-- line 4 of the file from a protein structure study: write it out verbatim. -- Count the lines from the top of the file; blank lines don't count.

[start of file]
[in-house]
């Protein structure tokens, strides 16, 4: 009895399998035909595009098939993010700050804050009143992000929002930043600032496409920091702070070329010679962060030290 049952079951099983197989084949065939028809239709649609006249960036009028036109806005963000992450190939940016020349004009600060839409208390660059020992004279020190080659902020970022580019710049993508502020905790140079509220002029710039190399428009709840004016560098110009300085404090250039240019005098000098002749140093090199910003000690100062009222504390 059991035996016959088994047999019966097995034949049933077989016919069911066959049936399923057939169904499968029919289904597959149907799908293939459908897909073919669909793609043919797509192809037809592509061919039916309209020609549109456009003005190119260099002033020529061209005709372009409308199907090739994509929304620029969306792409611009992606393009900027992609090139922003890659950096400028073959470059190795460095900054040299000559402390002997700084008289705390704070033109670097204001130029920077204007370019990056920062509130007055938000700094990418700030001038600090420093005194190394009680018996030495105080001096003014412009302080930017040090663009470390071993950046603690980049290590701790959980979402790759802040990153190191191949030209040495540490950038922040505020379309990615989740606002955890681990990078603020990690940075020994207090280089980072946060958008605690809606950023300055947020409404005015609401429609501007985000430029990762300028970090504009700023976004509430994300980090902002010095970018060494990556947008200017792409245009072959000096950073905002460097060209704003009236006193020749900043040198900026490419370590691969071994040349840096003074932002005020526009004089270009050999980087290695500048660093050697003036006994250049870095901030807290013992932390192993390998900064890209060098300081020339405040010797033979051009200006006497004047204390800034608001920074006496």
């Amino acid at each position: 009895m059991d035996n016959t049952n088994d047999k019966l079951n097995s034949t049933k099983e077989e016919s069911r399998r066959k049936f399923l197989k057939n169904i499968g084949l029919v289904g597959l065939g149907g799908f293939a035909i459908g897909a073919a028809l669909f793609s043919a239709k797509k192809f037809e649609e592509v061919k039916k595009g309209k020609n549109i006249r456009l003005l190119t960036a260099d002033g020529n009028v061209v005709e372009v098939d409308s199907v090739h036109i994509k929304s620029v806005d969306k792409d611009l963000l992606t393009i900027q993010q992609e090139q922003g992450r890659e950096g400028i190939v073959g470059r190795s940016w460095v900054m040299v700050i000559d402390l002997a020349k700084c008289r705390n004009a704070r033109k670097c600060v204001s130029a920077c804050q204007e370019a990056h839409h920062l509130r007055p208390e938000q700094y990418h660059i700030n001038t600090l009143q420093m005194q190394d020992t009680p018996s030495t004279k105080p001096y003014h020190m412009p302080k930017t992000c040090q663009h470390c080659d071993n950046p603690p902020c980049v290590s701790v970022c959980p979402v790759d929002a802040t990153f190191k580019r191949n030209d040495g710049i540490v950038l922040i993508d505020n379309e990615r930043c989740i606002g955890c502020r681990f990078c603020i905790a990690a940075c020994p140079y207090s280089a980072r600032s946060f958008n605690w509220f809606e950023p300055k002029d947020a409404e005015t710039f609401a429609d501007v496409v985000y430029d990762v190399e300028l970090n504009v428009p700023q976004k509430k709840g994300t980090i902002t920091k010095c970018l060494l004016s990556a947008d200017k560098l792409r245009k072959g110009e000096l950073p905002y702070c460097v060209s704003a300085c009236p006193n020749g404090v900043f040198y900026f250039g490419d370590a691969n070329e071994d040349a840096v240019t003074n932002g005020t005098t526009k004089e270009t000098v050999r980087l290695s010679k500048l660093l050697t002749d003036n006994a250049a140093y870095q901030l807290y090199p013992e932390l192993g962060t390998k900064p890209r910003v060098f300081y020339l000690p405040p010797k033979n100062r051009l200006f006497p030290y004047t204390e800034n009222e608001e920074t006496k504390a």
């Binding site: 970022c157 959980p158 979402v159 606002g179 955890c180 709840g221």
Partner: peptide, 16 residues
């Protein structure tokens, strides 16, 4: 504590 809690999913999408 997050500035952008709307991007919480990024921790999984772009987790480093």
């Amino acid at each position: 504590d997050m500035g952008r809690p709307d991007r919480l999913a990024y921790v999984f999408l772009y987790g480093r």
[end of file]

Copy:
């Binding site: 970022c157 959980p158 979402v159 606002g179 955890c180 709840g221």